Calibration and Validation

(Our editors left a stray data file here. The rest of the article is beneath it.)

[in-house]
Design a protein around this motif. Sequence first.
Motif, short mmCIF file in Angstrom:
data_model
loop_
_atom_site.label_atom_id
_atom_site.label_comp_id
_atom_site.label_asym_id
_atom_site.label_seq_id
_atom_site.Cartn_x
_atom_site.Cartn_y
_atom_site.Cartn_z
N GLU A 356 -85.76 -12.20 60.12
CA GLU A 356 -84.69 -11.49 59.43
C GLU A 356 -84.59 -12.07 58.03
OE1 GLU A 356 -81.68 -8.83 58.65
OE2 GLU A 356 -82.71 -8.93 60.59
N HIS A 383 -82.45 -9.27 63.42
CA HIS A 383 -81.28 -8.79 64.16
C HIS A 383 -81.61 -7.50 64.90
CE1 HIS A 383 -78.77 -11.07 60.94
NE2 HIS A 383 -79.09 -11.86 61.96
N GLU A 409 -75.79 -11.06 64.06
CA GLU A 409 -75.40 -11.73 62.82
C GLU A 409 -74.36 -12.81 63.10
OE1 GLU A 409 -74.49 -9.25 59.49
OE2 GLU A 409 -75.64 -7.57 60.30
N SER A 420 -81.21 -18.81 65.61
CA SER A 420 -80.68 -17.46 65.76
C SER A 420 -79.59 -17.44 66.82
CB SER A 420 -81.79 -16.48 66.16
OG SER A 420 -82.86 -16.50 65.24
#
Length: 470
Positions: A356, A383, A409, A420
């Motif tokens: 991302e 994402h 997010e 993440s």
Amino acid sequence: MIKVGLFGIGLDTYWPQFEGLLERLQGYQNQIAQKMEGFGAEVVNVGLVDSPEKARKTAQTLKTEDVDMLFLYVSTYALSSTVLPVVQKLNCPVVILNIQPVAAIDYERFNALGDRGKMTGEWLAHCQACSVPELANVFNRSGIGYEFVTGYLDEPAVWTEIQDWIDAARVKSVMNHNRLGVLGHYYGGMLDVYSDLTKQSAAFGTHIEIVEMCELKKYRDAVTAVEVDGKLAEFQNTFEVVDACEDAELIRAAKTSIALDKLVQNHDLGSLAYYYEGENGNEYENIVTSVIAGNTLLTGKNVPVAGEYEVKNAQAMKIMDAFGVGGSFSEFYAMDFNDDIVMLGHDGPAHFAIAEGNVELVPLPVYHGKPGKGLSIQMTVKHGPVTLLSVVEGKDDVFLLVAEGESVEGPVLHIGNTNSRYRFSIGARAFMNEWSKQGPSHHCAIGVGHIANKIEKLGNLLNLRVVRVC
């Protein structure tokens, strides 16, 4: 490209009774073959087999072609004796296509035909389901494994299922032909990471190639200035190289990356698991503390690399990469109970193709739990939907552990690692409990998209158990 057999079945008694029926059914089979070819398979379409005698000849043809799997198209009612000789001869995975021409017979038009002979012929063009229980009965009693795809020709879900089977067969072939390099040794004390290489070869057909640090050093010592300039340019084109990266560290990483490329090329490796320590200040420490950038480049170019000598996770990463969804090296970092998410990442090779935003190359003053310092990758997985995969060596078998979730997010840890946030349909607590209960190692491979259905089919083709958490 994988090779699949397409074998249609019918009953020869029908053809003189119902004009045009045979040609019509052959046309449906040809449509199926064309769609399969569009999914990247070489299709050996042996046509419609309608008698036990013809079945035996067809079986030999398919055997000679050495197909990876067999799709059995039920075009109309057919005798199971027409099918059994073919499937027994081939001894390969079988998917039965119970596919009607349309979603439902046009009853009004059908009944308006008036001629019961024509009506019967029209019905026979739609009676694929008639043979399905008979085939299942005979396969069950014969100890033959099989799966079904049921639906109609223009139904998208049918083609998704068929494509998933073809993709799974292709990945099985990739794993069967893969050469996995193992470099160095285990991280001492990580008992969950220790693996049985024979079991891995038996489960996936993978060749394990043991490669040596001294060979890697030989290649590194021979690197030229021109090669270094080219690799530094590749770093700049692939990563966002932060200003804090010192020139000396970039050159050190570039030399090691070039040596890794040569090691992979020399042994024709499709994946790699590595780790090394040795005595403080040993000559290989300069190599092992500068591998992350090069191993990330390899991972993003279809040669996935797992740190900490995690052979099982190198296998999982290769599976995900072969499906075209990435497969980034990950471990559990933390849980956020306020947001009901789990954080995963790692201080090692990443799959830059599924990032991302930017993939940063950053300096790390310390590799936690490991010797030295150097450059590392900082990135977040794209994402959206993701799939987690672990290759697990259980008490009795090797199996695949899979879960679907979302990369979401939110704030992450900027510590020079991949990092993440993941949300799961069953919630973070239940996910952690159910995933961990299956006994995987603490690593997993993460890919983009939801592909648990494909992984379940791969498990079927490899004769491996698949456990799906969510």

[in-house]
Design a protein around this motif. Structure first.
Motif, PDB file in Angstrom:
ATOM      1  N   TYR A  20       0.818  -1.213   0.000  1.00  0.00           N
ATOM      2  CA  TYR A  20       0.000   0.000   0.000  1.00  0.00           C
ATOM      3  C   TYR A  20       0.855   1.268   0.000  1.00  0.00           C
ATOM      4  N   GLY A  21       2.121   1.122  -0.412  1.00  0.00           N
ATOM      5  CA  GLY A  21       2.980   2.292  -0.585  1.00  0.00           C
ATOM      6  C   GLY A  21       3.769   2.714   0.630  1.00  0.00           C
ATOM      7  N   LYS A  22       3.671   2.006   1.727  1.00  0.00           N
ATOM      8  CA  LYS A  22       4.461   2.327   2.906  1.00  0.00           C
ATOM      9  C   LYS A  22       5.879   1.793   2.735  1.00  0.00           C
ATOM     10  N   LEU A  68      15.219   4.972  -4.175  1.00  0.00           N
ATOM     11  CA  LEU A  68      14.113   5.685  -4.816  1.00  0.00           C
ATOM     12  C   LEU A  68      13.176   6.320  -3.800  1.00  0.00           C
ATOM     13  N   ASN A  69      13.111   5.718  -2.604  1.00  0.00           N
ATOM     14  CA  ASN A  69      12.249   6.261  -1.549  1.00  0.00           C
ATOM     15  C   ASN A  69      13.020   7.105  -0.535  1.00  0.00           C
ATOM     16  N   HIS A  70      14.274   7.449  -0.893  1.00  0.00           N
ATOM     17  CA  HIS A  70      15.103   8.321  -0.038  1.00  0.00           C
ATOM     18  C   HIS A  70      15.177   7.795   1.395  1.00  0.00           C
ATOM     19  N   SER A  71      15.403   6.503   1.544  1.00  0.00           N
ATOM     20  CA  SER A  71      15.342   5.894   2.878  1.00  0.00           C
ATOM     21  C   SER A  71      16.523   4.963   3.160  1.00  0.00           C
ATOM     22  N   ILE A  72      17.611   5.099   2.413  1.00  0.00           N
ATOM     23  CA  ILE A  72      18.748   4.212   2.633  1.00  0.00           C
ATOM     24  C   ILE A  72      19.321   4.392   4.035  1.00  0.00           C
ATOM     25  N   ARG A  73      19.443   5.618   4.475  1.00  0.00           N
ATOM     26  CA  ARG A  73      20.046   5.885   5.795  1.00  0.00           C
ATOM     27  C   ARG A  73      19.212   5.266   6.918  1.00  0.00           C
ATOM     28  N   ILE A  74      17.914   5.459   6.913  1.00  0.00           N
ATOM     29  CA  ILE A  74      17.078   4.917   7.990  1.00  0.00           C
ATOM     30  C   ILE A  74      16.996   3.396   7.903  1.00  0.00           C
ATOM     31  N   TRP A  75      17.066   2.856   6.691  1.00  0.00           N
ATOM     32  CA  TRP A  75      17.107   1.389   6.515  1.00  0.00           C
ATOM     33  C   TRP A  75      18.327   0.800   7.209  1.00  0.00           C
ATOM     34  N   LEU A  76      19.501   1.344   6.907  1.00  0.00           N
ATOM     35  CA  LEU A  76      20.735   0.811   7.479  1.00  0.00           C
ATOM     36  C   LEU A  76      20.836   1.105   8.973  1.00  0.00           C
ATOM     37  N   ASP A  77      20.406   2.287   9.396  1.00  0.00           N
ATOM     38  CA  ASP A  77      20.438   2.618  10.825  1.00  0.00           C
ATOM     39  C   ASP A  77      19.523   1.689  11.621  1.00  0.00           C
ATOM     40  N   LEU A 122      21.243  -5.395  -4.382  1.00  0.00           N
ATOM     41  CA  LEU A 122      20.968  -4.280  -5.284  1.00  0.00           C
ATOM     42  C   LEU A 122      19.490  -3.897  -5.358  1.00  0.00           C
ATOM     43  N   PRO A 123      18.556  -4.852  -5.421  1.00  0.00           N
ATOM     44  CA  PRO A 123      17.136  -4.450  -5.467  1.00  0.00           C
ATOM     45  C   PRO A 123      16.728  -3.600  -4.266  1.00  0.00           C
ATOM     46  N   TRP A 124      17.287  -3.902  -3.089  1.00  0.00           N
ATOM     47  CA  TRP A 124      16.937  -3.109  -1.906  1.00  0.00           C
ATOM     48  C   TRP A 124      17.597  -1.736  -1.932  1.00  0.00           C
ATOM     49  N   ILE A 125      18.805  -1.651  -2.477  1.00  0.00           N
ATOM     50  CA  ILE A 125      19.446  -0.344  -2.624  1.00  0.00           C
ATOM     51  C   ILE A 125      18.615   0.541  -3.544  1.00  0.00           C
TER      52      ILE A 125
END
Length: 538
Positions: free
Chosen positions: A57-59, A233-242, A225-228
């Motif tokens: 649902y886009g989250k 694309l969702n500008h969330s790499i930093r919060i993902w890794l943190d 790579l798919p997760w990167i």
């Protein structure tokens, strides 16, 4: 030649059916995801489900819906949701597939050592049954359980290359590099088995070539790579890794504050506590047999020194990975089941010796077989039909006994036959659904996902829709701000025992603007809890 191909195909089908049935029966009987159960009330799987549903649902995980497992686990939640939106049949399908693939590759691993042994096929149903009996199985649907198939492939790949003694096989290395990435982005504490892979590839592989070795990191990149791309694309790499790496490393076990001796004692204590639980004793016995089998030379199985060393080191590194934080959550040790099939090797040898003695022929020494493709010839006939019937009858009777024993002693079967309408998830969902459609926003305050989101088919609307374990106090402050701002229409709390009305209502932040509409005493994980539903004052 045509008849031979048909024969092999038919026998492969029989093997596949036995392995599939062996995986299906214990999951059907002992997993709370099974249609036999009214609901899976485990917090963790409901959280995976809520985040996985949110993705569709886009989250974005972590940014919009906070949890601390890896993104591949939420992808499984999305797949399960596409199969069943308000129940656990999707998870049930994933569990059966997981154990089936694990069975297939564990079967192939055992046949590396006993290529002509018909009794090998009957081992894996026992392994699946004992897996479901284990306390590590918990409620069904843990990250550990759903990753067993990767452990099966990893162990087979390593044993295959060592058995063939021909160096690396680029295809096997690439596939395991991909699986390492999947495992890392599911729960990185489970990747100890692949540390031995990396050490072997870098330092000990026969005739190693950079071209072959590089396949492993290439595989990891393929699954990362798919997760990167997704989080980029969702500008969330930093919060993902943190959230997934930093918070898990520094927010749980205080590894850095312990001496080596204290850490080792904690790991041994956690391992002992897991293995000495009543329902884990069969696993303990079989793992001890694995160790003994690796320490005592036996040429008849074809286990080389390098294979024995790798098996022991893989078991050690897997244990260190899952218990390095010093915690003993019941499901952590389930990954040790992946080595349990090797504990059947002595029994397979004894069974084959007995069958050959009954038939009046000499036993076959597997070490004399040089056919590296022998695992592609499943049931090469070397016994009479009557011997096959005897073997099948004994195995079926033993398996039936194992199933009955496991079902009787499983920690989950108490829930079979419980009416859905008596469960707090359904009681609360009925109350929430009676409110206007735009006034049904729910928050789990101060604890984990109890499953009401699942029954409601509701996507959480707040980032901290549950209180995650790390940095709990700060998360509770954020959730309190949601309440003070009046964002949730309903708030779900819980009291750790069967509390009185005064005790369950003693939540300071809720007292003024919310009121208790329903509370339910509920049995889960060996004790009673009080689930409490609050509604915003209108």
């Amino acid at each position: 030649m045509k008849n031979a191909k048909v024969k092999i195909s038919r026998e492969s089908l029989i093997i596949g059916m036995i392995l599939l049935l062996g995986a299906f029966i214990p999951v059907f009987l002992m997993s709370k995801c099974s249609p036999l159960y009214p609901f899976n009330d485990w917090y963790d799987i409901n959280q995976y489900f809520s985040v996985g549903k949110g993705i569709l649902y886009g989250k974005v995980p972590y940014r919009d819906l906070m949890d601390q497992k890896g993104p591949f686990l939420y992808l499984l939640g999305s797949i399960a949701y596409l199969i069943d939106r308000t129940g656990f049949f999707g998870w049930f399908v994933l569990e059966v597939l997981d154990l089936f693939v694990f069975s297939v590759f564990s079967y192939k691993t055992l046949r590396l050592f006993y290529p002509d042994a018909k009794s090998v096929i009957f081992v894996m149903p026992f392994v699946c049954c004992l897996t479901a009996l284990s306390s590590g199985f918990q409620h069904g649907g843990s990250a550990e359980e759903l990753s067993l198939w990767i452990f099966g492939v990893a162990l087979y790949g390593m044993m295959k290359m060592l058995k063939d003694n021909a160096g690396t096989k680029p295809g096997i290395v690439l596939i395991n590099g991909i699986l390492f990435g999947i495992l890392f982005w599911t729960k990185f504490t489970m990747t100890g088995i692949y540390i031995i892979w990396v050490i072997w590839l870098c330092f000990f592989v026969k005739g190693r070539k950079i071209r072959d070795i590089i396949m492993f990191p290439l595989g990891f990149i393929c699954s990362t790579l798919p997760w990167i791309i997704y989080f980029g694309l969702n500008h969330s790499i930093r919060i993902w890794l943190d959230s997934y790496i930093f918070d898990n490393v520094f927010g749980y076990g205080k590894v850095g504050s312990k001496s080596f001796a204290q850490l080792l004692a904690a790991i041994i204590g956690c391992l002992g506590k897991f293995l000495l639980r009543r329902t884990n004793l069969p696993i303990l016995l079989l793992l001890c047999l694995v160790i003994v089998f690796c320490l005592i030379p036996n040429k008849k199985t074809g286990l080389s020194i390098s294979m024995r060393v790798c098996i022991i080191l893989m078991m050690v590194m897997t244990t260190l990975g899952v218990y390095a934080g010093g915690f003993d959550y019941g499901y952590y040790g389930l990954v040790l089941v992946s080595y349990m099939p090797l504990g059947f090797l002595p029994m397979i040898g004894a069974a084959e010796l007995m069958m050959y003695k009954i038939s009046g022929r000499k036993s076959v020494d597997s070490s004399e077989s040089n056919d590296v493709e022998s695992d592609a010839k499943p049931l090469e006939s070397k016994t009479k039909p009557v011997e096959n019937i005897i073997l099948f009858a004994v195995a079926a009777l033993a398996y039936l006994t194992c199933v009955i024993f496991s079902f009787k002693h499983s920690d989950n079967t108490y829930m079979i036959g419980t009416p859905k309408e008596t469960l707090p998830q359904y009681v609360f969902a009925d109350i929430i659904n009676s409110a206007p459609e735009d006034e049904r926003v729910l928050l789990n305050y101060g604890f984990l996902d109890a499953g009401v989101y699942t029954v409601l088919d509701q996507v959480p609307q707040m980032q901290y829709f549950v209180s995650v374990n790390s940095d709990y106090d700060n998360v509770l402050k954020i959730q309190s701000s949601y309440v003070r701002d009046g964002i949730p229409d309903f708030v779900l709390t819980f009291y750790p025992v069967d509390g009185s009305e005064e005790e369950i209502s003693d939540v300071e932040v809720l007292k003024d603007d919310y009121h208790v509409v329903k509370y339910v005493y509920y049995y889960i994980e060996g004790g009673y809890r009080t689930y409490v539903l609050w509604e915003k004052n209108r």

Problem statement: Land Surface Temperature (LST) is one of the main quantities governing the energy exchange between surface and atmosphere. On the extensive Tibetan Plateau (TP), where in-situ observations are usually extremely sparse, accurate knowledge of the land surface energy balance is crucial for understanding and simulating regional processes of meteorology, hydrology and ecology. More specifically, all-weather LST products are required for accurately simulating soil heat transfer, which provides insights into changes in TP permafrost / seasonally frozen ground and regional climate change. However, LST products based on thermal infrared (TIR) remote sensing are limited to clear sky conditions. Recently two all-weather satellite LST products became available, but they still require more extensive validation and assessment of their uncertainty. Objectives: The main objective is to inter-compare and validate the two new LST products, which provide (nearly) gap-free all-weather LST at high spatial resolution. The two all-weather LST products utilise different retrieval approaches, namely the method by – Zhang et al. (2019): temporal component decomposition and merging of TIR LST with passive microwave (PMW) LST. – Martins et al. (2019): merging of clear-sky MSG/SEVIRI LST with LST generated by a Soil-Vegetation-Atmosphere (SVAT) model under cloudy conditions. Further objectives: – Generation of long term (global) all-weather LST data set – Setting up an LST validation station in China to provide Fiducial Reference Measurements (FRM) – Employing all-weather LST data to simulate and study freeze / thaw on the TP Method: The two new all-weather LST products and LST extracted from ERA5-Land data, which are provided by Copernicus Climate Change Service (C3S), will be inter-compared over selected regions in China, Europe, and Southern Africa. All inter-comparisons will utilise ESA GlobTemperature (GT) harmonised data format (netCDF) and their relative performance will be assessed to provide insights into their respective strengths and limitations. The three LST products will be validated against in-situ measurements from the following station networks: 1) Karlsruhe Institute of Technology (KIT), 2) Baseline Surface Radiation Network (BSRN), 3) European Fluxes Database Cluster (EFDC) initiative, 4) Heihe Watershed Allied Telemetry Experimental Research (HiWATER) and Watershed Allied Telemetry Experimental Research (WATER) in the Heihe River basin, and 5) networks operated by other Chinese groups on the TP. Based on experience and an instrument package provided by KIT, the Chinese partners will set up a new LST validation station in China. Since the thermal sampling depth correction (TSDC) between TIR LST and PMW LST is larger for dry soil, all-weather LST determined over the arid validation site Gobabeb (Namibia) will be compared with results from the Zhou et al. (2017) method, which explicitly models soil heat conduction. The main causes of differences between the three LST products will be identified and used to improve the estimates of LSA SAF all-weather LST uncertainty. The all-weather LST retrieved from merged TIR and PWM data will serve as input for model simulations of freeze / thaw on the TP. Deliverables: – Inter-comparison and validation results for the two all-weather LST products – Assessment of all-weather LST product uncertainties – Results from simulating freeze / thaw on TP Source of funding: Frank-M. Göttsche is funded by Karlsruhe Institute of Technology (KIT). João P.A. Martins is funded by Instituto Português do Mar e da Atmosfera /Portuguese Institute for the Sea and the Atmosphere (IPMA). Ji Zhou is funded by the National Natural Science Foundation of China under Grant 41871241 and the University of Electronic Science and Technology of China (UESTC). Wenjiang Zhang is funded by the National Natural Science Foundation of China under Grant 41771112.